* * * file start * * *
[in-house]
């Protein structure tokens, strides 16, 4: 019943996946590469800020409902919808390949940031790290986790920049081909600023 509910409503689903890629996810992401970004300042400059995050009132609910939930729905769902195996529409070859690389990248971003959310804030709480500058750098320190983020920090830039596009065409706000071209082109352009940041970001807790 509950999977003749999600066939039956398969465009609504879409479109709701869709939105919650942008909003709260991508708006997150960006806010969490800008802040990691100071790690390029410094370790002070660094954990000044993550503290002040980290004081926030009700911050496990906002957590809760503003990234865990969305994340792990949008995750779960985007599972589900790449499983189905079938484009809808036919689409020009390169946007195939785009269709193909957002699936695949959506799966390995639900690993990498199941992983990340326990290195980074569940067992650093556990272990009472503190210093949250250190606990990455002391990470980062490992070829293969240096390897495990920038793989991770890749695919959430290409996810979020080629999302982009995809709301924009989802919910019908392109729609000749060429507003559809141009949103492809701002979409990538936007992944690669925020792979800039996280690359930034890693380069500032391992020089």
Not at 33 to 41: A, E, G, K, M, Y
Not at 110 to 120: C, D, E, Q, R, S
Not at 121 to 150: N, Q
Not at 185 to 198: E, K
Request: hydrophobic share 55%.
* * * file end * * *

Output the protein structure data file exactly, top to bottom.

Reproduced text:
[in-house]
């Protein structure tokens, strides 16, 4: 019943996946590469800020409902919808390949940031790290986790920049081909600023 509910409503689903890629996810992401970004300042400059995050009132609910939930729905769902195996529409070859690389990248971003959310804030709480500058750098320190983020920090830039596009065409706000071209082109352009940041970001807790 509950999977003749999600066939039956398969465009609504879409479109709701869709939105919650942008909003709260991508708006997150960006806010969490800008802040990691100071790690390029410094370790002070660094954990000044993550503290002040980290004081926030009700911050496990906002957590809760503003990234865990969305994340792990949008995750779960985007599972589900790449499983189905079938484009809808036919689409020009390169946007195939785009269709193909957002699936695949959506799966390995639900690993990498199941992983990340326990290195980074569940067992650093556990272990009472503190210093949250250190606990990455002391990470980062490992070829293969240096390897495990920038793989991770890749695919959430290409996810979020080629999302982009995809709301924009989802919910019908392109729609000749060429507003559809141009949103492809701002979409990538936007992944690669925020792979800039996280690359930034890693380069500032391992020089």
Not at 33 to 41: A, E, G, K, M, Y
Not at 110 to 120: C, D, E, Q, R, S
Not at 121 to 150: N, Q
Not at 185 to 198: E, K
Request: hydrophobic share 55%.